SEATTLE — Today, REI Co-op announced plans to more than double its e-bike offerings in 2019, the next step in a significant expansion of its cycle program. The co-op is growing its offerings of pedal-assist electric bicycles (e-bikes) including electric mountain bikes (eMTBs).
The co-op also announced a $110,000 grant to PeopleForBikes to support cycling advocacy and infrastructure programs such as its Big Jump Project and its e-bike initiative to create better infrastructure and access for bike riders across the country.
This news is part of a series of cycling investments the co-op announced earlier this year, that includes investing in premium cycle brands like Bontrager, growing its bicycle rental program in 115 stores nationwide, piloting a bike trade-in program, adding full-suspension bikes to its Co-op Cycles line, new cycling trips around the world and offering e-bike options on some adventure trips.
REI accelerates on e-bike expansion
“Pedal-assist e-bikes are tremendous fun and create greater access to more people who want to ride but experience physical barriers,” says Ben Johns, REI general merchandising manager. “Whether it be distance, topography, physical limitation, or time, or stronger riding partners, these innovations are helping people overcome challenges and ride their bike more frequently.”
As it adds a wider variety of e-bikes for customers to choose from, the co-op will continue to focus on class-1 (up to 20 MPH pedal assist) and class-3 (up to 28 MPH pedal assist) pavement e-bikes from brands including Electra, GHOST, Stromer, Tern and Yuba; and class-1 pedal assist eMTBs from GHOST. All brands are currently available on REI.com, and more styles will continue to be unveiled throughout 2019.
Supporting unified rules and access for e-bikes
REI acknowledges there is still work that needs to be done in this space to address misconceptions and to close open questions in the cycling community. The co-op plans to publish content on the Co-op Journal to educate cyclists while it works with partners to refine regulation.
Currently, e-bike laws differ from trail-to-trail and from state-to-state. It can be confusing to cyclists who don’t understand where they can legally ride. By way of a grant, the co-op supports PeopleForBikes, which has partnered to clear up e-bike laws and regulations around the country, making it easier for people to find a great ride. PeopleForBikes has developed uniform policies for e-bike access, which they are working to get adopted across the country.
REI encourages the expansion of eMTB access
“We believe class-1 electric mountain bikes can help get more people outside and be integrated into the riding experience,” says Marc Berejka, REI’s director of government affairs. “We urge advocates to help educate local leaders to recognize these bikes can be managed in a sustainable way for both the environment and other trail users.”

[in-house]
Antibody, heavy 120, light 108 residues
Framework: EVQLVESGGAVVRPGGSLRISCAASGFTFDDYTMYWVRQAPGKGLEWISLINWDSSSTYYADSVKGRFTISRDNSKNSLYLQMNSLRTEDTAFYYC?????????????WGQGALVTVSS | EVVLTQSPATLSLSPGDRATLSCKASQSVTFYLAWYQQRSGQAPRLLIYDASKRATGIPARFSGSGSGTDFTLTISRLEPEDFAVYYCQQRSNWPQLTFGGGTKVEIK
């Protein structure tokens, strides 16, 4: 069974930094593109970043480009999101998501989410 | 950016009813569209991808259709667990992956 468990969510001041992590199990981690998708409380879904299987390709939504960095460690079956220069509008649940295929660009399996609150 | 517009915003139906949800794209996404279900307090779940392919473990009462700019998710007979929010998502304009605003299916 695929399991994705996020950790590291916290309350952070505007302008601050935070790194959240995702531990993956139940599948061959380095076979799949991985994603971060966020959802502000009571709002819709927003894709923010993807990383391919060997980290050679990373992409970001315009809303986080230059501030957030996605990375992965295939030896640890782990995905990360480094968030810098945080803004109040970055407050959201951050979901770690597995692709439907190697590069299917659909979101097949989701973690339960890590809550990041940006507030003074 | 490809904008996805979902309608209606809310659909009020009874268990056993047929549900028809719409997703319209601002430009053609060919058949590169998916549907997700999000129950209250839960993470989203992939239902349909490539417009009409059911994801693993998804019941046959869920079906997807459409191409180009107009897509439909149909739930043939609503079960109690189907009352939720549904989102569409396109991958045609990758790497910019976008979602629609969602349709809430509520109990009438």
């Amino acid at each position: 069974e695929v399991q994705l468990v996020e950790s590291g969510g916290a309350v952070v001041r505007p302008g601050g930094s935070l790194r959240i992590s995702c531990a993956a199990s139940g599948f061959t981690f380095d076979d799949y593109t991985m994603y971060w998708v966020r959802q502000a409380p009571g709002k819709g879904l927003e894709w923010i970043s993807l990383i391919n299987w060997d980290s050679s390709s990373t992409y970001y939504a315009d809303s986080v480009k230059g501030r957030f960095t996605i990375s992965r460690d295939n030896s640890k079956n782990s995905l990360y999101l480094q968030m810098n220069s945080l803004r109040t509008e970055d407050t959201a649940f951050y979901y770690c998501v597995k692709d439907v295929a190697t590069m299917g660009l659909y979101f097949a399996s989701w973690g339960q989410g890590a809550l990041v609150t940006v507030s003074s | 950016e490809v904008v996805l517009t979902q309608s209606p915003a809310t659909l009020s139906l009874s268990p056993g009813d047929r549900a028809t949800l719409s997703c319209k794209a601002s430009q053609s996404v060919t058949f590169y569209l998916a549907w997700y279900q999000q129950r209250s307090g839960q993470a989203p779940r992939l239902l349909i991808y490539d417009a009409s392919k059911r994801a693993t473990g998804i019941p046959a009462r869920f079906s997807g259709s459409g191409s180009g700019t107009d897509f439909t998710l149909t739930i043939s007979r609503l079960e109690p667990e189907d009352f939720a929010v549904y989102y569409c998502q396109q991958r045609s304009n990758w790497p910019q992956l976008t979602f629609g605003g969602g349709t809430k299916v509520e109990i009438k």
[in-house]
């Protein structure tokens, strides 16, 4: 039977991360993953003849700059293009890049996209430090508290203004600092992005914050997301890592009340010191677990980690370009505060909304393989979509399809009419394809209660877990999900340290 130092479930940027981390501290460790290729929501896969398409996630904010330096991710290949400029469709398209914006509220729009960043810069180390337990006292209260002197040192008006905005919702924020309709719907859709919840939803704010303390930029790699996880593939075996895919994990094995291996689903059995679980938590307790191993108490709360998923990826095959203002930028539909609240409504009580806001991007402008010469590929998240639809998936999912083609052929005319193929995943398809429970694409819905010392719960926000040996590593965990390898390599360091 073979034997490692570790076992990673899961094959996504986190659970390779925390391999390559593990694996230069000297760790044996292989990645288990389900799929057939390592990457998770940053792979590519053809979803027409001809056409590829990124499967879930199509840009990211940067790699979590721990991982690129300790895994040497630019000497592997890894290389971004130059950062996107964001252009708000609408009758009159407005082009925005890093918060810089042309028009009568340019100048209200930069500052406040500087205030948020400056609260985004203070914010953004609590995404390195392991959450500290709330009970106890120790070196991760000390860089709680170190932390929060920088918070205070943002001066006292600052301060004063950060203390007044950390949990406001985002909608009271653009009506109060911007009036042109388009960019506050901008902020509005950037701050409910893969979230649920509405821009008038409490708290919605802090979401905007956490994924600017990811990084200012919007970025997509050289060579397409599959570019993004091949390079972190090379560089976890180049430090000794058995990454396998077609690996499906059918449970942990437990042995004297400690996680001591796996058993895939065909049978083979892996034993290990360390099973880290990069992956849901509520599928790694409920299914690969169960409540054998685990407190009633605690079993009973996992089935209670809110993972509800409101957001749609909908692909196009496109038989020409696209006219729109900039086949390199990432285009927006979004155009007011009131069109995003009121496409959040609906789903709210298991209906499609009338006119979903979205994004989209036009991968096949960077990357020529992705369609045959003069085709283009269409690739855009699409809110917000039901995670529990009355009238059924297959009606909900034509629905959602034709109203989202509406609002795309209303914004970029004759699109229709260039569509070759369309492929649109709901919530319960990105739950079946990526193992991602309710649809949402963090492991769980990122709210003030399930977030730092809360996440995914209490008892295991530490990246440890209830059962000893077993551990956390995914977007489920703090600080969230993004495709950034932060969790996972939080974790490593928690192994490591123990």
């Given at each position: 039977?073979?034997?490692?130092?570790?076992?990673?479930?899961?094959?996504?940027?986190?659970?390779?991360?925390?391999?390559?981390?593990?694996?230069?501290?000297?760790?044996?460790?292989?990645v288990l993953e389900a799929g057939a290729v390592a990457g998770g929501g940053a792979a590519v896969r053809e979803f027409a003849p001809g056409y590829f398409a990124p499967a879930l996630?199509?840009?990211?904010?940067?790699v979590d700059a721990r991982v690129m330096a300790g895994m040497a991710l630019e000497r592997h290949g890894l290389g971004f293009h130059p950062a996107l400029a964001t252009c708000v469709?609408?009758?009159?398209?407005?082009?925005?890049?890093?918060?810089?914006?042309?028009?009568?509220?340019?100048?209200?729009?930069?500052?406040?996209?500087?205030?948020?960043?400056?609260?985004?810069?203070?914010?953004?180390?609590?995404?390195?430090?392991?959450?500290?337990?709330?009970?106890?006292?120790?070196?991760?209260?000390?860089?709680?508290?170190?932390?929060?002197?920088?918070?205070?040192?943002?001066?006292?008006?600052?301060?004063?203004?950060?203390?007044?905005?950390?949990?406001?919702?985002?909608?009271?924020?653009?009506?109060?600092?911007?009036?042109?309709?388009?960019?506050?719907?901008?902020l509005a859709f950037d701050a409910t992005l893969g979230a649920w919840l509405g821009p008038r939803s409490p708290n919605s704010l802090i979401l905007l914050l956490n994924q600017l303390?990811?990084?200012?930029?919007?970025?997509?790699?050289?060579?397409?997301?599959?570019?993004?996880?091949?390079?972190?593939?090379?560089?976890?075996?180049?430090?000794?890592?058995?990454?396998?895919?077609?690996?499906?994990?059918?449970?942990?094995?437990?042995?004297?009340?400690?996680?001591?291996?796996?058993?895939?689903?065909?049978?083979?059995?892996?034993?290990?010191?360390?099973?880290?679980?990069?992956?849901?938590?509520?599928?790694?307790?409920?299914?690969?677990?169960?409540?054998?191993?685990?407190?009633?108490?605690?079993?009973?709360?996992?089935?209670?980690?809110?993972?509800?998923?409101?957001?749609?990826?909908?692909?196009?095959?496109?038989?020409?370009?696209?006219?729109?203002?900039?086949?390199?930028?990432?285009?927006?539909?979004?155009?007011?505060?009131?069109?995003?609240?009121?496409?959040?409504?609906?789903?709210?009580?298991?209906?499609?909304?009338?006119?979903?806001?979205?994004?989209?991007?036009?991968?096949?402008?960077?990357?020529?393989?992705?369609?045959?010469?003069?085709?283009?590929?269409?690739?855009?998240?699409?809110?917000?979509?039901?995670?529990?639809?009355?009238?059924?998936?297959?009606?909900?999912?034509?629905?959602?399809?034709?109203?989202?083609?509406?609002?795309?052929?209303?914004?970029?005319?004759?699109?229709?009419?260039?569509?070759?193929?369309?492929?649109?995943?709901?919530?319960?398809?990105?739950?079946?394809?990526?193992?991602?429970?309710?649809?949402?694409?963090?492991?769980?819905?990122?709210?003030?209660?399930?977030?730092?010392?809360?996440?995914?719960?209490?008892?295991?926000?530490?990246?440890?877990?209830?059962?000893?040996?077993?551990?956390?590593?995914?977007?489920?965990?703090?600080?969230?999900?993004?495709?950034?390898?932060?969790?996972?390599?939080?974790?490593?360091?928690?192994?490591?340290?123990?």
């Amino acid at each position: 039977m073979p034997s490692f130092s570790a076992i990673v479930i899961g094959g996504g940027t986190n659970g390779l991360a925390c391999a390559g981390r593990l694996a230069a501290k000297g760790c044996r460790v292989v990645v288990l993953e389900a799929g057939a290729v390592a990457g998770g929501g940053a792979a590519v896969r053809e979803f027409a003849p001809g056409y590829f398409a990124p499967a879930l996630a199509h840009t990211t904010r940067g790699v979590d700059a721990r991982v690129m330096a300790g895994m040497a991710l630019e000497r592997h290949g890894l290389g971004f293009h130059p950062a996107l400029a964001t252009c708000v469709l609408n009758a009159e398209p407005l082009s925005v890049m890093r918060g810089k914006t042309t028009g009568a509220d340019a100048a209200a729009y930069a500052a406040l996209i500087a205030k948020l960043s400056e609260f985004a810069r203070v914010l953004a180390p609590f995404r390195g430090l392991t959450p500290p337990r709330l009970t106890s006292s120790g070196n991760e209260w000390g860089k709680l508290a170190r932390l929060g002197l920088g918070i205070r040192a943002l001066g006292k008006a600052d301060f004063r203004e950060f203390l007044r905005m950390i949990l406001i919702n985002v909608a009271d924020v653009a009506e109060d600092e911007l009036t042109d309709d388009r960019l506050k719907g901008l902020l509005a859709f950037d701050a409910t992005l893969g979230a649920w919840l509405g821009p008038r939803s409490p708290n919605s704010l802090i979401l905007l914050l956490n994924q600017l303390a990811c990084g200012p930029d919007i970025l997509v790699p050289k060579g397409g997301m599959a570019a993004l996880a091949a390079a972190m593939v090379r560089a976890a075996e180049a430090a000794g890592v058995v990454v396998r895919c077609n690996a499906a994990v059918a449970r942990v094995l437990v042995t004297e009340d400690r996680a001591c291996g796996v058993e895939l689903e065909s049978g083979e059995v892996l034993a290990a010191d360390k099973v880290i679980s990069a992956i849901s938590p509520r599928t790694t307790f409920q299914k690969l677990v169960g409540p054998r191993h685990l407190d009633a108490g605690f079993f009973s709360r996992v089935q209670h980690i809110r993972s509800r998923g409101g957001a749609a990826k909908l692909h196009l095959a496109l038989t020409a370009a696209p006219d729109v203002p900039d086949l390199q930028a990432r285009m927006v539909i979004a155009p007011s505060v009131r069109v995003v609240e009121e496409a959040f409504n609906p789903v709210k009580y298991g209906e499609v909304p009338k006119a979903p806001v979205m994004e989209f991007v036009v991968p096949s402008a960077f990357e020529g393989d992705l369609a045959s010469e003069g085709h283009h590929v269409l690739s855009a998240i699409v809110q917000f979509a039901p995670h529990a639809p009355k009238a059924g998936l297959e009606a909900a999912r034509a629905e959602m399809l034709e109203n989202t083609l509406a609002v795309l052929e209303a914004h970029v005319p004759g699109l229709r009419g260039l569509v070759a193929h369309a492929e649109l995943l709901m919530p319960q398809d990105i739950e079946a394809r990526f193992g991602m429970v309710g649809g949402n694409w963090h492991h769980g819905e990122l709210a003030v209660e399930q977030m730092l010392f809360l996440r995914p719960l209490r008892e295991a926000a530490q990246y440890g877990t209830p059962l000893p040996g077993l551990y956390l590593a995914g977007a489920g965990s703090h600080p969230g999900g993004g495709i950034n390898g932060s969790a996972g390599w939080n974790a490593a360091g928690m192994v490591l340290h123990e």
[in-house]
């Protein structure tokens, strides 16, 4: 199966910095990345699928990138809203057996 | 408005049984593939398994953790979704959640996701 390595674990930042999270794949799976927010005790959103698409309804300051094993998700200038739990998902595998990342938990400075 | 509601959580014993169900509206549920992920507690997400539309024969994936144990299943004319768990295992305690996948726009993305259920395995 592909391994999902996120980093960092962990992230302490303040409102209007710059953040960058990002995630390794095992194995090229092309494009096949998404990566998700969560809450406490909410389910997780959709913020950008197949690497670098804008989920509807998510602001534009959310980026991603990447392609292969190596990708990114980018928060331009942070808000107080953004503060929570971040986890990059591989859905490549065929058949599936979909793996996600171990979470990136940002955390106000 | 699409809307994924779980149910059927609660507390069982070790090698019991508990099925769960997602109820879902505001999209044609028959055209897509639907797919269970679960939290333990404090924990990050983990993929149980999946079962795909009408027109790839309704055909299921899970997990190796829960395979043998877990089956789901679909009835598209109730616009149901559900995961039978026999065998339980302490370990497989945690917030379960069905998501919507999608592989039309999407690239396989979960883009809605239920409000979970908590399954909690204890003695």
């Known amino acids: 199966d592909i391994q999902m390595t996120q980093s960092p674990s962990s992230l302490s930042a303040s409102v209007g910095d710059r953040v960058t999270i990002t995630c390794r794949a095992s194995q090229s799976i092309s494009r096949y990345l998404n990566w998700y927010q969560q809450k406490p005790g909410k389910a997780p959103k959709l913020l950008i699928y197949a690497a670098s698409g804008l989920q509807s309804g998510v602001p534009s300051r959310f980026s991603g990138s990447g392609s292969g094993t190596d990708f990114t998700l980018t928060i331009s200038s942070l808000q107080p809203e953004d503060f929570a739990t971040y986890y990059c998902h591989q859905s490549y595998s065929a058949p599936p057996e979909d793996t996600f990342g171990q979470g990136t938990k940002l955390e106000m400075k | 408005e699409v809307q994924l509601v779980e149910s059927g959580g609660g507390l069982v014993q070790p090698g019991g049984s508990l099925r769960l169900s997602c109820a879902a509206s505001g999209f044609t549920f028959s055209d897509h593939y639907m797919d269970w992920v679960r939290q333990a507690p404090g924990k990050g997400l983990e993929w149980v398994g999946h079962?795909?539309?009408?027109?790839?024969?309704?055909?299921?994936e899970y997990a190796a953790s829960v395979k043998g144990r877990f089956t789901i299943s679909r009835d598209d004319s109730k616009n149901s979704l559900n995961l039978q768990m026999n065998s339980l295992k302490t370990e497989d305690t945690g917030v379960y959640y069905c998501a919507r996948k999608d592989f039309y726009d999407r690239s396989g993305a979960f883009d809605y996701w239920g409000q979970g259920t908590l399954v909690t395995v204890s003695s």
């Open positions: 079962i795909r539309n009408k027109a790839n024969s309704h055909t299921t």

When it comes to access to mountain biking trails, eMTBs present even more varied opinions and rules across the country. For additional support and background, REI recommends the following resources:
For more information on e-bike regulations, visit PeopleForBikes.org/ebikes.
The eMTB handbook and eMTB playbook outline best practices for understanding and helping to change local, state, and federal rules that apply to eMTBs across the country.
PeopleForBikes’ online map catalogues approved eMTB rides throughout the U.S.
Expanding trail access
Each year, REI supports national and local bike nonprofits helping to create access to trails and get people out riding. Through continued partnerships with national nonprofit partners, like PeopleForBikes, the Rails-to-Trails Conservancy (RTC), and International Mountain Bicycling Association (IMBA), REI has invested close to $1.5 million over the last 10 years to build awareness of bicycle safety, help develop safer bike infrastructure in cities, and increase miles of trails around the nation.
In 2019, the co-op will give more than $250,000 in bike-specific grants to national partnerships including the PeopleForBikes, RTC, IMBA, East Coast Green Way Alliance, and the National Interscholastic Cycling Association (NICA). At the local level, at least $1 million of the co-op’s grants will support bicycling mixed-use trails. The co-op will continue to focus on supporting nonprofit partners who are helping to connect people to the outdoors including projects like the Great American Rail Trail, led by RTC, that will connect 3,700 miles of trail from Washington D.C., to Washington State and will enable various forms of outdoor recreation across the country, including e-biking.